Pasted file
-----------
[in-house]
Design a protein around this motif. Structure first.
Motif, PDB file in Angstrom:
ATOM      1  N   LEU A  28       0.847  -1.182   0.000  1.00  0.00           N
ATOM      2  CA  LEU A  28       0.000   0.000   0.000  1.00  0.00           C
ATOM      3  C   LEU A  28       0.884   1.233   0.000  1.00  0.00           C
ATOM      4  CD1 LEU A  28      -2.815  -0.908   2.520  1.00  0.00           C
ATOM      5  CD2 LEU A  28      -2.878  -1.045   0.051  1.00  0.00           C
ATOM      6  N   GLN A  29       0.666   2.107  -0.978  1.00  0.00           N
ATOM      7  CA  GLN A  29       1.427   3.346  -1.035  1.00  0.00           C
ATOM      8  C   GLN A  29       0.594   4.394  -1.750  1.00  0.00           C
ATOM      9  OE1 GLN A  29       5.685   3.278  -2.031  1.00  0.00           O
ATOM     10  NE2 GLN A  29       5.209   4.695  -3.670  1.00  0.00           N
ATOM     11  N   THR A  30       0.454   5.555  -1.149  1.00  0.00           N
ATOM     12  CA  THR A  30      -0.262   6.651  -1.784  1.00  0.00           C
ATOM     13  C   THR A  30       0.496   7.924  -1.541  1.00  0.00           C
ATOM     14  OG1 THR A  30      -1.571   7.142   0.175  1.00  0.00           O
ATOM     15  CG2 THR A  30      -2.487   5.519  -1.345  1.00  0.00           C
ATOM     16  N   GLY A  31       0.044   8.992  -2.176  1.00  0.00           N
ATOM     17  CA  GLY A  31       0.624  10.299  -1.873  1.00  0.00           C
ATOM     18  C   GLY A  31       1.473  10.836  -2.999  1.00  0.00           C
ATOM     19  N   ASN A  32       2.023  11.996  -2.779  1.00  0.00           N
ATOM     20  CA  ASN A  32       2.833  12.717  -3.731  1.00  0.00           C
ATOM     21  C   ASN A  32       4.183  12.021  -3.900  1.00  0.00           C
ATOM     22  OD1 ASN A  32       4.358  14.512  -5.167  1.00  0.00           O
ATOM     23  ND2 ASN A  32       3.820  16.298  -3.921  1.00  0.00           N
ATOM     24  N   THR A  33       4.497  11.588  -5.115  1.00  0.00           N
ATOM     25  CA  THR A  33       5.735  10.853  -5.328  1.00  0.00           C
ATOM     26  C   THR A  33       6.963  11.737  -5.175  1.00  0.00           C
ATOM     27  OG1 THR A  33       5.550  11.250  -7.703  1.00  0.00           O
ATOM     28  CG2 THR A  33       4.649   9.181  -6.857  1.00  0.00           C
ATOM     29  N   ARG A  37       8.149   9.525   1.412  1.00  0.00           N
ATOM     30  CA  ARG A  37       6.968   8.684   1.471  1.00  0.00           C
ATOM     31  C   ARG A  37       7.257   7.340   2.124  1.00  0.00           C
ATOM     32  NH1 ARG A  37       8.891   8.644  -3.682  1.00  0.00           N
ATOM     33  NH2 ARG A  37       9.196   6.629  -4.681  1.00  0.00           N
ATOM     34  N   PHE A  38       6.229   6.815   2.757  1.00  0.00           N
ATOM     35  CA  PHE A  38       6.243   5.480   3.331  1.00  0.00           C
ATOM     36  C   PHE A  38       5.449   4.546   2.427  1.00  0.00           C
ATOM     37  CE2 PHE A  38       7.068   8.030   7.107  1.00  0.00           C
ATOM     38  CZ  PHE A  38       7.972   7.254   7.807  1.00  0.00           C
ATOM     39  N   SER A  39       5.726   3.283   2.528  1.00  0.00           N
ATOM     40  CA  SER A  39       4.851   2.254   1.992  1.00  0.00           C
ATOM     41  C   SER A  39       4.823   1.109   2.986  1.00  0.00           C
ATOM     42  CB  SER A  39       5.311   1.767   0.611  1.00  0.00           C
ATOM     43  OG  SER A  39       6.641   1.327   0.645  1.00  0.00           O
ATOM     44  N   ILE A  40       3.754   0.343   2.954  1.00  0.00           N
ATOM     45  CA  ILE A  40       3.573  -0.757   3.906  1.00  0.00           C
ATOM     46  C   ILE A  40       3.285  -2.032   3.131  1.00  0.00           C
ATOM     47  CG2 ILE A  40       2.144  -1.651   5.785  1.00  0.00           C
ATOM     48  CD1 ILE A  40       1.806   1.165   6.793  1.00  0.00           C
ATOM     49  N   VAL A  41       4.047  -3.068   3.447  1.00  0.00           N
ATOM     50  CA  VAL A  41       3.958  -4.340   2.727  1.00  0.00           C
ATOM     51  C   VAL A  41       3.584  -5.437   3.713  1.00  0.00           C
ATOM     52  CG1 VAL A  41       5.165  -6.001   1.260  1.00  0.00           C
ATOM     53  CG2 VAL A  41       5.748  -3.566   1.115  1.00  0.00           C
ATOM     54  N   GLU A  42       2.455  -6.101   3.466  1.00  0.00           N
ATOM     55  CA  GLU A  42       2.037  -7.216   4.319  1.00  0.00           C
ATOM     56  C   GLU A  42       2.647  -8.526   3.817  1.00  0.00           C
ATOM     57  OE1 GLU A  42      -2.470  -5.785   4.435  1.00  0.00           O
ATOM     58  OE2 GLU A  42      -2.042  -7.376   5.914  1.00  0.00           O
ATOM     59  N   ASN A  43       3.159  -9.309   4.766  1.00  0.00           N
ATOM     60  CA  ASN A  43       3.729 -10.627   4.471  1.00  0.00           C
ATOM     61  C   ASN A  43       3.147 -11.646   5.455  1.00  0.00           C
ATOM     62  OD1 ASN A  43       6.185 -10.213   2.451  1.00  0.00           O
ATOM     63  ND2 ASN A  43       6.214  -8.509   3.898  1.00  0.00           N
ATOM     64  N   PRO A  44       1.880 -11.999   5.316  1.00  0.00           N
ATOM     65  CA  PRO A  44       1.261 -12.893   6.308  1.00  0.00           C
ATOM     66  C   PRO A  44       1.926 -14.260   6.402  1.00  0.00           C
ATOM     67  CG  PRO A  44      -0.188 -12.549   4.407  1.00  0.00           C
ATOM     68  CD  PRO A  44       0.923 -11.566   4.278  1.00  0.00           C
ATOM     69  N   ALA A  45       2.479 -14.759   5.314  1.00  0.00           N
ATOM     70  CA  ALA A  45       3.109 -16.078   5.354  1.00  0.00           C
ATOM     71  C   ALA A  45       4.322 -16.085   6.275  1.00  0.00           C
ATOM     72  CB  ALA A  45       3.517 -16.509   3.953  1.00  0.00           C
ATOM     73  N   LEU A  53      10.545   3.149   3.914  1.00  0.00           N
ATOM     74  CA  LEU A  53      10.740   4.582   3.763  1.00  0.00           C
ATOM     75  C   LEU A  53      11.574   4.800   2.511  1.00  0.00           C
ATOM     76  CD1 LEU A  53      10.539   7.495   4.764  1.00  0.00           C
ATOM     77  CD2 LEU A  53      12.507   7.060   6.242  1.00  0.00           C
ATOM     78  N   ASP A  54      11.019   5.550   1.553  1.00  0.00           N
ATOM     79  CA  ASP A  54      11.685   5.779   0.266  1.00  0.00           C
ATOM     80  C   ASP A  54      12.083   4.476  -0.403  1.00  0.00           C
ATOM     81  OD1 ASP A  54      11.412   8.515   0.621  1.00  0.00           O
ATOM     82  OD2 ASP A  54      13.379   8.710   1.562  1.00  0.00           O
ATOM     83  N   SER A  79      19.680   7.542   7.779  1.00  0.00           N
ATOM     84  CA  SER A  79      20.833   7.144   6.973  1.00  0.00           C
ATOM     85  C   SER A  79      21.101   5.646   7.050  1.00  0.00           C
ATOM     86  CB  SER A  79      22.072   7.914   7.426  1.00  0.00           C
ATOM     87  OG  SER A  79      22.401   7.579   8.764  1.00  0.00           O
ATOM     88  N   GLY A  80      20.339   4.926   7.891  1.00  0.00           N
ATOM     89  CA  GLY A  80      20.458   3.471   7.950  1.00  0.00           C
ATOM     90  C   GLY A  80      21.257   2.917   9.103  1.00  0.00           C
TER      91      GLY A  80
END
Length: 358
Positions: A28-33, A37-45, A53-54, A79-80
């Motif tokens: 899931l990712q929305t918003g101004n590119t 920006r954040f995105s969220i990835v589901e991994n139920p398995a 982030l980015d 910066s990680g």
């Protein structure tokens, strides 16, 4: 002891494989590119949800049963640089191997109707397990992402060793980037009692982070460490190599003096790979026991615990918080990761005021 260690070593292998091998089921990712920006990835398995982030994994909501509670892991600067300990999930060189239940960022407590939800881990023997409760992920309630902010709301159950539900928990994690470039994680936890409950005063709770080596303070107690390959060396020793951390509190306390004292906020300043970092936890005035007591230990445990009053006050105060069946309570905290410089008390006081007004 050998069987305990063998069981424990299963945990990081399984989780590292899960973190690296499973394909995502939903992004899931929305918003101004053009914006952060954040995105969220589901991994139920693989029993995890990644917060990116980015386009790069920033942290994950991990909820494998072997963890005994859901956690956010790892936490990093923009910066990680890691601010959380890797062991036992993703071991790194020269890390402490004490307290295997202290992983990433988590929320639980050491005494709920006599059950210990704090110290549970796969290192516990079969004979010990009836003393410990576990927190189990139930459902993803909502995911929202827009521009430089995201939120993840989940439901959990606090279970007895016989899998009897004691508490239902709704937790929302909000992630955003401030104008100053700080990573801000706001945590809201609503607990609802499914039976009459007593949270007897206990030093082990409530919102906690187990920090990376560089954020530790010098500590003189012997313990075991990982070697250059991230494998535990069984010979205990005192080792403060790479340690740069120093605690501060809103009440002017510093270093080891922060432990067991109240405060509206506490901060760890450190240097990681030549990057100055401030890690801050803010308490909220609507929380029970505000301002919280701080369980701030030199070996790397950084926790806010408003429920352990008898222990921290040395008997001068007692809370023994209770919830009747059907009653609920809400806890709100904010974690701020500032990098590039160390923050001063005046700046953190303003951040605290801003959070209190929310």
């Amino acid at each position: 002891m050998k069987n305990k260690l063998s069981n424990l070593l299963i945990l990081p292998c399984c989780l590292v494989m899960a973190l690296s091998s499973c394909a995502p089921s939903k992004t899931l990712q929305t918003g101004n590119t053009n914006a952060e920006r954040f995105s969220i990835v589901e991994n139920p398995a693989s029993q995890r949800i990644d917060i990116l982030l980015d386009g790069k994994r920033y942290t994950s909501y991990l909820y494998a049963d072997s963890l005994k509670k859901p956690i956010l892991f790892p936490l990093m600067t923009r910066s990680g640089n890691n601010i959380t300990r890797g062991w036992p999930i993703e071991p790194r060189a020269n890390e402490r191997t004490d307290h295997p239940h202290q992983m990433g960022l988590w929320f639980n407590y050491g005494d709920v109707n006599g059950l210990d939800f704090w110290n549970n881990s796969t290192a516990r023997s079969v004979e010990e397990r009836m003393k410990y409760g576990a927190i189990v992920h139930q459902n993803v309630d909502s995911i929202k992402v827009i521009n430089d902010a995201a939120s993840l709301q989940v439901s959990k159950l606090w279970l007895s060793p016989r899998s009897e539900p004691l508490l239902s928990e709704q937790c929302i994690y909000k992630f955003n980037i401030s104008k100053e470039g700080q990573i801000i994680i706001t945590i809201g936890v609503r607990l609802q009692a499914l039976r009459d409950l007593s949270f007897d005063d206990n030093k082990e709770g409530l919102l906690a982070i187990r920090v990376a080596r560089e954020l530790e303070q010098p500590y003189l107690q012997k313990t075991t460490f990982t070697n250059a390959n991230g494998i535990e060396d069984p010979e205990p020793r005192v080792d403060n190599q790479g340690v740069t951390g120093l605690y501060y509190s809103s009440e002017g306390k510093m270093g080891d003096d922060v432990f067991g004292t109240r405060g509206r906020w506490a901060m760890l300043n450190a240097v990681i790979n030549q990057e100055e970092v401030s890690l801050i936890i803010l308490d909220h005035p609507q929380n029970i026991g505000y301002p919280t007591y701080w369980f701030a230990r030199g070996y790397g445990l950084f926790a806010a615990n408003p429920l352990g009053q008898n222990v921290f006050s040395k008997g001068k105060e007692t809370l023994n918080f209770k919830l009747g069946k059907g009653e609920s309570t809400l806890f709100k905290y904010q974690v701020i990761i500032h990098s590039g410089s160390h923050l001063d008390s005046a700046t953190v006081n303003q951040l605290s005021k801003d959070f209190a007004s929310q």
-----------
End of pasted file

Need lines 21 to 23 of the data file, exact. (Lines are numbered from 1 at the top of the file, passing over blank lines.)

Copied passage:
ATOM     18  C   GLY A  31       1.473  10.836  -2.999  1.00  0.00           C
ATOM     19  N   ASN A  32       2.023  11.996  -2.779  1.00  0.00           N
ATOM     20  CA  ASN A  32       2.833  12.717  -3.731  1.00  0.00           C